The last stretch of any journey is often the hardest. There are less than three months left in 2016 and for those of you trying to get out of debt this year, these might be the most taxing months yet. Not only are you likely worn out by all your hard work to pay off your debt so far, but there are also extra spending temptations in the months ahead as we get into the holiday season.
How do you get to the end of the year without blowing your budget so that you can ring in 2017 debt-free? Here are some tips to help you stay on track during this last stretch.
Remind Yourself why it’s Important
Sometimes it can be hard to remember why you started a journey or set a goal for yourself. If you’ve already paid off some of your debt, then you might not feel the same level of anxiety that you felt when you first started your repayment journey in January 2016. That might make you think that you don’t have to repay you debt as aggressively anymore.
However, when you made repaying debt your goal, it was because it was something important to you. You likely wanted to relieve yourself of the stresses that debt brings. You also might have had plans to do something with the money that you’re currently putting towards your debt once it’s paid off. Remind yourself why you’re working to get out of debt in the first place and recommit to follow through with it.
Also read: 12 months to being debt free – August
Tackle Your Debt Fatigue
Debt fatigue is that feeling you get when you’re frustrated and tired of focusing all your attention and money on your debt. If you’re feeling that way, then this could impact the final months of your repayment since it might cause you to splurge on something you can’t afford. Instead, try to be aware of how you feel and do what you can to proactively deal with your emotions. That could include giving yourself small rewards or a short debt repayment break. By ensuring you don’t get too frustrated or worn out, you’ll prevent yourself from being led off track by a bad or impulsive decision.
Related read: 12 months to being debt free – June
Ask for Help
Being able to ask for help is critical to getting out of debt, but it’s especially important in these last few months. That might mean that you ask a friend or relative to babysit instead of paying for a sitter, or that you suggest to meet up with your siblings at a coffee shop or someone’s house instead of going out for dinner. Find ways to lean on your network for support, and ask them to keep your budget in mind when you plan outings together.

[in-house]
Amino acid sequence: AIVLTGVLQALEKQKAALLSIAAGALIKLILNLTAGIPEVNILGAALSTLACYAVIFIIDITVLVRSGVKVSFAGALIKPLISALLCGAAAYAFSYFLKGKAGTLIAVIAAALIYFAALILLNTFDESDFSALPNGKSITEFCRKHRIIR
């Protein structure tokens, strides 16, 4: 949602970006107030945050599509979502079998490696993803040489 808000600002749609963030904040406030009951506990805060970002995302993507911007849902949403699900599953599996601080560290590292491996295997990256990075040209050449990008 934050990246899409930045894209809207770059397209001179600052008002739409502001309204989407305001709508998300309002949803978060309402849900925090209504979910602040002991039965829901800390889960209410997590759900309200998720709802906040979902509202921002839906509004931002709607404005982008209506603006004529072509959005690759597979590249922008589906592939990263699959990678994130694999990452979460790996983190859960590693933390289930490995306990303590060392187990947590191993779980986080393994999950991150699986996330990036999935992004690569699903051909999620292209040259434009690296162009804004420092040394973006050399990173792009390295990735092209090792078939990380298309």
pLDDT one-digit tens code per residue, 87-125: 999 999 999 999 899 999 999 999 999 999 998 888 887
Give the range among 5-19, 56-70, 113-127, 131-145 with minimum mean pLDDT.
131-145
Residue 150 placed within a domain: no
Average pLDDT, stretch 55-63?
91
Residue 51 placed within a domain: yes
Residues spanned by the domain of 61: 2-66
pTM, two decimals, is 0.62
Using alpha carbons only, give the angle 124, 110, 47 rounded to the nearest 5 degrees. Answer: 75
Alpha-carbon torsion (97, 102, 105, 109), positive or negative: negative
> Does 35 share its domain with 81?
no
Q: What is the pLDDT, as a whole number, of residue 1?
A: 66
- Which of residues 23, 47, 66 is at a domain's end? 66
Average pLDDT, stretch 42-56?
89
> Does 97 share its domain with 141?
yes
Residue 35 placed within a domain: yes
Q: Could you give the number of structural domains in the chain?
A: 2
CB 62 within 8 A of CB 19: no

Budget for the Holidays
One of the most common mistakes that people make when budgeting is that they fail to put aside a certain amount for gifts and entertaining. This is particularly problematic around the holidays. To ensure that you can stay on track, start saving now to ensure you have enough for the holidays. Cut back on other expenses from now through November, so that you can have what you need to get through December without blowing your budget or getting behind on your debt repayment.
Once you have an idea of how much money you can set aside, you should sit down and look at what you really need to buy. If you don’t have enough to cover it all, some great ways to cut back on holiday spending are to consider preparing more cost-conscious meals when you’re entertaining, making presents rather than buying them, or deciding among your friends and family to give smaller gifts or skip gifting altogether.
If you just can’t cut back on any of your expenses – or you can but still don’t have enough – consider getting a second job in order to make up the difference. There are a lot of part-time opportunities around the holidays, mainly in retail stores or with Canada Post.
Don’t Worry if You Get Off-Track
If you’re not on track to meet your goal, try not to stress about it. Recalculate the time it will take you to finish paying off your debt and recommit to your goal. The point of committing to being debt free in 12 months wasn’t to cause you additional stress but to help make it easier for you to focus on your goal of being debt free. If it takes a few extra months, that won’t matter once you’re fully in the clear.
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